Why there won’t be a Hurricane Isis in 2016

A people salvage useful remains from homes destroyed by Hurricane Odile in Los Cabos, Mexico on Sept. 15, 2014. The names Odile and Isis have been retired from a list of tropical storm names, but for much different reasons. Victor R. Caivano/AP

The destructive force of Mother Nature will no longer be associated with one of the world’s most notorious and violent militant groups — ISIS.

The World Meteorological Organization (WMO) removed the name Isis from its rotating list of tropical storm names for the Eastern North Pacific, Reuters reported Friday.

Isis was among the names set to be used in the 2016 hurricane season but has been replaced with the name Ivette.

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The Geneva-based WMO, a branch of the United Nations, has two six-year sets of alternating male and female names for tropical storms and hurricanes — one set of names for the Atlantic hurricane season and another for the Eastern North Pacific.

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Normally, a name is only retired from a list and replaced when a storm causes significant destruction or loss of life. If the WMO decided it would be “inappropriate for reasons of sensitivity” to continue using a name, the organization, at its annual meeting, will select a replacement to be used when that particular list rotates back into use in its six-year interval.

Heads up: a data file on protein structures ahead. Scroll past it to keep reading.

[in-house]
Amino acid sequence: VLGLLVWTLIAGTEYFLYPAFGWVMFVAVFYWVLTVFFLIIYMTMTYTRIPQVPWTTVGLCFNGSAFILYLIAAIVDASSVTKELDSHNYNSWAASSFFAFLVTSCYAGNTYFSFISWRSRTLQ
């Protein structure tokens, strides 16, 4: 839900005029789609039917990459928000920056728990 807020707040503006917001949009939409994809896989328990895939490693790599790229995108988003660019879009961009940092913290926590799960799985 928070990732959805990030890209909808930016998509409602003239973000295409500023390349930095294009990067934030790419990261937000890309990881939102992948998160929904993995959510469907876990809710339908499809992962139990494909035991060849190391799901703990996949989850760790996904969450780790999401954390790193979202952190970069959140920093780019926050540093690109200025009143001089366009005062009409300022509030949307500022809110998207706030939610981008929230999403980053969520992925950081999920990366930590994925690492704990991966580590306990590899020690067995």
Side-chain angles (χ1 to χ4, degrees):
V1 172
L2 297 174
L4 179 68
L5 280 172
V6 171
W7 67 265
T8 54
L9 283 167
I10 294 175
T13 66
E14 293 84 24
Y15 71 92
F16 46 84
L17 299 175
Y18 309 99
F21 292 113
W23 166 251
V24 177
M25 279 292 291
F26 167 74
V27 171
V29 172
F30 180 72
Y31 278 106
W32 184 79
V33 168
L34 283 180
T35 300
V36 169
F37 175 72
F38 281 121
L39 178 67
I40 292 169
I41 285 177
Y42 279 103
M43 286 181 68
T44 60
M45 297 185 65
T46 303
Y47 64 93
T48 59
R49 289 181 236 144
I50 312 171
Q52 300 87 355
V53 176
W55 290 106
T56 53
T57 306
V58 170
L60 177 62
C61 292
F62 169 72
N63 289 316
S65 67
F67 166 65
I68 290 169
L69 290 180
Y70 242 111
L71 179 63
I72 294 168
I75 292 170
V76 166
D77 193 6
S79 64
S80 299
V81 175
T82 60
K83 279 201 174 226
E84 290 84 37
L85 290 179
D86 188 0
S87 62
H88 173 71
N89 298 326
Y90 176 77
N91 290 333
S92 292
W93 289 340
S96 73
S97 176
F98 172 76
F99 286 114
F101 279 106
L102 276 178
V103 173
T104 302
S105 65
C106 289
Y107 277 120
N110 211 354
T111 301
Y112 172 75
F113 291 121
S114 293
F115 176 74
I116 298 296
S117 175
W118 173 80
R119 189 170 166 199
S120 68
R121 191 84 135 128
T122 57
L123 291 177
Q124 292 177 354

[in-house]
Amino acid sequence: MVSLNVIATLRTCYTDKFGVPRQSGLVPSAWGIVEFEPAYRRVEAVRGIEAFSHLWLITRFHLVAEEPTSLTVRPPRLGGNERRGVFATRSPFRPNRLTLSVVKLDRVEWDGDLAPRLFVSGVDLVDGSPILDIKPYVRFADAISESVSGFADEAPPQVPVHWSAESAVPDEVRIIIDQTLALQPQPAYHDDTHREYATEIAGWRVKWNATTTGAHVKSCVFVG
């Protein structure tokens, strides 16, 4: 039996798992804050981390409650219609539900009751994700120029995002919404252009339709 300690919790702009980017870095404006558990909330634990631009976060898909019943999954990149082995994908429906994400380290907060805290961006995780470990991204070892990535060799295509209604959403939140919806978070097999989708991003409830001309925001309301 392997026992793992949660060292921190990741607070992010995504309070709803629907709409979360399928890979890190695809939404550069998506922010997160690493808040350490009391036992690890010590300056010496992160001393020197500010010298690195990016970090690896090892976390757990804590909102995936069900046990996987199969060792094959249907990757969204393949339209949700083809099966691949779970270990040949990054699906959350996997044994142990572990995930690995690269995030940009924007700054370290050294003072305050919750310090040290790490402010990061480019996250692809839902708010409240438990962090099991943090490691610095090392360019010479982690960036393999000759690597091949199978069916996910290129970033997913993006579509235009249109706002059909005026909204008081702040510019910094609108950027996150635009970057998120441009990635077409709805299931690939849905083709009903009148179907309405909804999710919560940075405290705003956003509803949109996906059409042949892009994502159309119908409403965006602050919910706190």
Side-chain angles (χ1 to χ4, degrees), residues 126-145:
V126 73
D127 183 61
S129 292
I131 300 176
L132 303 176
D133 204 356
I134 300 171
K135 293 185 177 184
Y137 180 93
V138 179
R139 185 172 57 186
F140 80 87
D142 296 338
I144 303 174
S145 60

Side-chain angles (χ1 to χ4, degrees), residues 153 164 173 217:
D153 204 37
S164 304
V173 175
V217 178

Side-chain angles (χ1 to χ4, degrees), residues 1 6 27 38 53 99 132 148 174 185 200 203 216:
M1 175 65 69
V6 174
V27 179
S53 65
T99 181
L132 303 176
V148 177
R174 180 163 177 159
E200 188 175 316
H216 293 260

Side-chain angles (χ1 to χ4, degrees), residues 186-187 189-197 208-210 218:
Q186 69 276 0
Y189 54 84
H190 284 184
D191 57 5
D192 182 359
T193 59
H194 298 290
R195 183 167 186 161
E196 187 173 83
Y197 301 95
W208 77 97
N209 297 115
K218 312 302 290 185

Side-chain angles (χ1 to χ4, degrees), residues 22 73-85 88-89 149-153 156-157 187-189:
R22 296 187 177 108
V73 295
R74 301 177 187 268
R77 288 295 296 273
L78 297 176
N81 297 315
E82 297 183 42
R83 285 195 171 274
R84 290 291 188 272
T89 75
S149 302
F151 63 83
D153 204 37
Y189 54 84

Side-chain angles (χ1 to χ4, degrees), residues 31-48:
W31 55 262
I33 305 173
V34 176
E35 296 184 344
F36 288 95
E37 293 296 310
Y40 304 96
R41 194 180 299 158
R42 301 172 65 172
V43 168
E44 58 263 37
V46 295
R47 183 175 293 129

WMO spokesperson Clare Nullis confirmed to Reuters an exception had been made in order to take Isis out of rotation. The decision was agreed to by representatives of the WMO Hurricane Committee at their annual meeting this week in Costa Rica.

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Even though the name Isis originates in Egyptian mythology, the WMO opted to remove the name because it has become associated with the brutality of ISIS — the Islamist militant group that now controls vast areas of Iraq and Syria and has committed widespread human rights abuses and atrocities against civilians, religious groups and foreign captives.

Several businesses and organizations that use the acronym ISIS have, over the past year, changed their names as well.

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A hurricane named Isis struck Mexico’s Baja California Peninsula on Sept. 2, 1998.

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The storm was originally named Hurricane Bonnie in the Atlantic Ocean, but became Isis once it crossed over Central America and reformed in the Pacific.

Fourteen people died and hundreds of homes were damaged or destroyed as a result of the Category 1 storm, but the name remained in rotation. There was another, albeit weaker, Hurricane Isis in 2004 and the name was also into the rotation again in 2010, but was not used.

The committee also supported removing the name Odile from the 2020 list of Eastern North Pacific tropical storm names, replacing it with Odalys.

Hurricane Odile battered Mexican resort communities along the Baja California Peninsula last September.

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The 2014 Atlantic hurricane season was less active than usual, with just eight named storms — six of which became hurricanes and only two that reached Category 3 or higher on the Saffir-Simpson scale.

Conversely, the Eastern North Pacific season was the second-most active season on record, according to the WMO. There were 20 tropical storms, 14 that became hurricanes and eight considered major hurricanes.

The forecasts for this year’s hurricane season, which runs begins June 1, have not yet been released.

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